Roosevelt, Truman and the Destruction Of Hitler's Germany, 1941-1945
By Michael Beschloss
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Sunday, November 17, 2002, Page BW04
Reviewed by Carlo D'Este
In the closing days of World War II, the Soviet Union began systematically to ravage what Adolf Hitler had once called his Thousand Year Reich. Berlin was destroyed, and in the Soviet zone of occupation many thousands were murdered. Uncounted numbers of POWs simply disappeared into the gulags, never to be heard from again. Entire factories were dismantled and shipped East.
The Western nations took a far different approach. Instead of repeating the harsh peace of Versailles, the United States, as the dominant allied partner, opted for an occupation that had as its eventual aim the restoration of Germany so as to prevent future militarism and install a democratic political system to replace the Nazi regime.
How that came about is the subject of historian Michael Beschloss's The Conquerors, a fresh look at how Franklin Roosevelt proved instrumental in determining the shape of postwar Germany. Beschloss draws on exhaustive primary sources, including newly opened Russian archives and the private papers of the wartime secretary of the treasury, Henry Morgenthau, Jr., whose tempestuous relationship with Roosevelt supplies the book's major subplot.
Although the U.S. government learned of the existence of Nazi death camps as early as 1942, Morgenthau became increasingly distraught over what an official report he commissioned called "the Acquiescence of This Government in the Murder of the Jews." Haunted by what he viewed as Roosevelt's indifference to the plight of Europe's Jews, but unable to sway the president, Morgenthau put forth his own plan in 1944 for an exceptionally harsh peace, which would turn Germany into a harmless agrarian state by completely dismembering its industrial base in the Ruhr.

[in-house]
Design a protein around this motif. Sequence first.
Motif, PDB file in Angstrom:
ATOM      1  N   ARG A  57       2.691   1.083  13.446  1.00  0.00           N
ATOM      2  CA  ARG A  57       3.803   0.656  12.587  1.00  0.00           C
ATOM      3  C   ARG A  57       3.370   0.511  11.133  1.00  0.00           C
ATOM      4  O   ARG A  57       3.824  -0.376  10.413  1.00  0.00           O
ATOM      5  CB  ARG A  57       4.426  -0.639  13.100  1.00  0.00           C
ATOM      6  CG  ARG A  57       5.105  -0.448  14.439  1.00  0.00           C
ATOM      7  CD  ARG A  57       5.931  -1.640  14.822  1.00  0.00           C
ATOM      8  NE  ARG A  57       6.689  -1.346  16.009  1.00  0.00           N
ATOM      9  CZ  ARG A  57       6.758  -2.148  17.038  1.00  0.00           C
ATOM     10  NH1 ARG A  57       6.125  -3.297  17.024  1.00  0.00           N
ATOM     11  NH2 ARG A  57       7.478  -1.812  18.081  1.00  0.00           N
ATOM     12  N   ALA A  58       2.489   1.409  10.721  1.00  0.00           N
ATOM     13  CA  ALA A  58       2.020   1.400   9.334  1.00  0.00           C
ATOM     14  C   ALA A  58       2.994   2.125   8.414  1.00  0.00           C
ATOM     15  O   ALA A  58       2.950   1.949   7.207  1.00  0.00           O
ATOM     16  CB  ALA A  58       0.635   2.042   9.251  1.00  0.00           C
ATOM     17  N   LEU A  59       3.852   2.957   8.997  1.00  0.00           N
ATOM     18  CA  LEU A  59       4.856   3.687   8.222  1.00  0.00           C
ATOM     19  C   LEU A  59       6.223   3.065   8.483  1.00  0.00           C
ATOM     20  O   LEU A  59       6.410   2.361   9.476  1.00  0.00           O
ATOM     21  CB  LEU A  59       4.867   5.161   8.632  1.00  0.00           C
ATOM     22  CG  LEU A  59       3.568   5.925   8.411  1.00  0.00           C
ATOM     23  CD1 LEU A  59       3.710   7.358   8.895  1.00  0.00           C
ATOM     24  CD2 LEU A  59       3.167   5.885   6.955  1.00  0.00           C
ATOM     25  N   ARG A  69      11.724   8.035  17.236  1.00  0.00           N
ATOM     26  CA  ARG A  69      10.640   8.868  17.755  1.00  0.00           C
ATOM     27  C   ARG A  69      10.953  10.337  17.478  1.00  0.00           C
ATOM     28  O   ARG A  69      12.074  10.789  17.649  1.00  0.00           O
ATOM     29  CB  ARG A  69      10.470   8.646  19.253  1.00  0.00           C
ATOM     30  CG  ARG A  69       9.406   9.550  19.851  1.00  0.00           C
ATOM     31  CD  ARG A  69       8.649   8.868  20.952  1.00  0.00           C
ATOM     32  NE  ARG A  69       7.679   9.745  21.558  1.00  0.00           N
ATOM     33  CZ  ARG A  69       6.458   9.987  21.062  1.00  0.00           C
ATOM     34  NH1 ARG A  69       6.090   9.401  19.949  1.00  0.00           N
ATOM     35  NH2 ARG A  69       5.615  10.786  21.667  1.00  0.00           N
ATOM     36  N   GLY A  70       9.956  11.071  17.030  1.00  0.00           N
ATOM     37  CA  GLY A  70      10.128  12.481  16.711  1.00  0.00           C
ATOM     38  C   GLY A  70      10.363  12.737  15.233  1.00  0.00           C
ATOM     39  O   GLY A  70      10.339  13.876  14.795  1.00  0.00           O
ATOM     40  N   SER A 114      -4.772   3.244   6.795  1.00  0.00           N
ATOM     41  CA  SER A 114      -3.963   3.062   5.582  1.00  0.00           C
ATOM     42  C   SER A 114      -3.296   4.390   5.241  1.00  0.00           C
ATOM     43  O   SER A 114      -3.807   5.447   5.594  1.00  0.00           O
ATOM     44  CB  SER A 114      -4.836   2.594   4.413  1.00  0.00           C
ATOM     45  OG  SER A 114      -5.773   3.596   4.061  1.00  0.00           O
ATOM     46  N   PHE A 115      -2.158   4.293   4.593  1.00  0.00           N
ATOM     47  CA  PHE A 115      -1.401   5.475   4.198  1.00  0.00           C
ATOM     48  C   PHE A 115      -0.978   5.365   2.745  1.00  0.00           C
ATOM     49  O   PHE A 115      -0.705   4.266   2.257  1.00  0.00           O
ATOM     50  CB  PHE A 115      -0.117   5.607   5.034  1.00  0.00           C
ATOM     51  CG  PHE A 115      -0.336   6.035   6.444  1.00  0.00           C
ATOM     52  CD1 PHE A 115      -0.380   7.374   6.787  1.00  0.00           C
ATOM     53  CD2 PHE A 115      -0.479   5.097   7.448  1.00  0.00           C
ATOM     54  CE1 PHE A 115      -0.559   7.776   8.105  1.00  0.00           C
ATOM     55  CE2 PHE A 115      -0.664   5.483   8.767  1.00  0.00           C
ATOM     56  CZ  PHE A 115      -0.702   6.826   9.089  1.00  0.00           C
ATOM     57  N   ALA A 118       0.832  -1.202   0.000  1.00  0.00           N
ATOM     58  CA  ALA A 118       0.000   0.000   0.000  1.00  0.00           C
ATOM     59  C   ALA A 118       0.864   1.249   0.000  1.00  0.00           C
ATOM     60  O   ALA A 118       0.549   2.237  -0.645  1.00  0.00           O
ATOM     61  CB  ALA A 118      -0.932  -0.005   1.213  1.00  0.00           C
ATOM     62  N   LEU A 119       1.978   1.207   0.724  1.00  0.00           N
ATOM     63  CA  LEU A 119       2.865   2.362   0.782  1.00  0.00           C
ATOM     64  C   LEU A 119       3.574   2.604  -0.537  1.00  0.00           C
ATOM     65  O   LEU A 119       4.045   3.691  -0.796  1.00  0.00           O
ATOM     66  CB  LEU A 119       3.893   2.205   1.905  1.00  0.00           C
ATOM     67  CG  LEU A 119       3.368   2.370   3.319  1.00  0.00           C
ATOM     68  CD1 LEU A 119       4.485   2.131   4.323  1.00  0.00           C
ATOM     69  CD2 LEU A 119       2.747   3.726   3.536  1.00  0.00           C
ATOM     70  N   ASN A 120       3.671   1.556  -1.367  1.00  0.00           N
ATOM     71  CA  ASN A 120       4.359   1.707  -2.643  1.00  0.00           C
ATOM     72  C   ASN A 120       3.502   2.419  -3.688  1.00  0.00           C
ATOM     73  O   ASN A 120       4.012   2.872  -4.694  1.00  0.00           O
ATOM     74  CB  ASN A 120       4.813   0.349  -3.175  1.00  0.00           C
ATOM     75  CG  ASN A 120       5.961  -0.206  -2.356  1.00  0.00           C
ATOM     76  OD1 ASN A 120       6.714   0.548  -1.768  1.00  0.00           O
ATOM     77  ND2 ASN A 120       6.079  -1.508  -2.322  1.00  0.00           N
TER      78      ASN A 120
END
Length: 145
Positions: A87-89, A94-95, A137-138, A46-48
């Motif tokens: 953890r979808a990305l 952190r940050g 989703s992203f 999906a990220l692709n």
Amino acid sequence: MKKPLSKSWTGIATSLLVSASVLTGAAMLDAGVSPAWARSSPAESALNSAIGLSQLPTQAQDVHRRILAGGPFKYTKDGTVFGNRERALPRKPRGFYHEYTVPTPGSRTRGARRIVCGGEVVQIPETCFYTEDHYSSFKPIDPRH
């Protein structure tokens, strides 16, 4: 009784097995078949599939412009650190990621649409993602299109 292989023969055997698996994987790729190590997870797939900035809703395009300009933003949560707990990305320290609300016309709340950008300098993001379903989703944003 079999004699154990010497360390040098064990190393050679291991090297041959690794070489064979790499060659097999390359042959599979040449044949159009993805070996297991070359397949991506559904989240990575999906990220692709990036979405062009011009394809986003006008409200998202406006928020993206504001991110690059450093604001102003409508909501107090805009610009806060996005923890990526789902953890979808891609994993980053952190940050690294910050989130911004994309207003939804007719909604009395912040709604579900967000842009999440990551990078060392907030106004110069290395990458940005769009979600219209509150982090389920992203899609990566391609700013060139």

Although Roosevelt grudgingly accepted the Morgenthau plan and presented it to Churchill at Quebec in 1943 [sic. September 1944] as American policy, it was strongly opposed by Secretary of War Henry L. Stimson, who viewed Morgenthau as meddlesome and misguided, and thwarted him at every turn, as did Assistant Secretary of War John J. McCoy and Secretary of State Cordell Hull. The current political struggle within Washington over Iraq almost pales by comparison to the fierce infighting that took place within the Roosevelt administration during World War II. FDR played his advisers off each other. Sometimes he would make promises he had no intention of keeping; other times he would skilfully manipulate Morgenthau, who was hoping to gain more influence over Germany's future by becoming secretary of state, an ambition that FDR privately rejected.
Ultimately, however, Roosevelt's reluctance to repeat the mistakes of history -- i.e., his refusal to pursue a Versailles-style harsh peace -- led to a more benign American course of action toward Germany. Despite all the Roosevelt administration's intrigues and power struggles, the U.S. government eventually adopted a more moderate strategy for dealing with postwar Germany. After FDR's death, Harry Truman followed the same set of policies.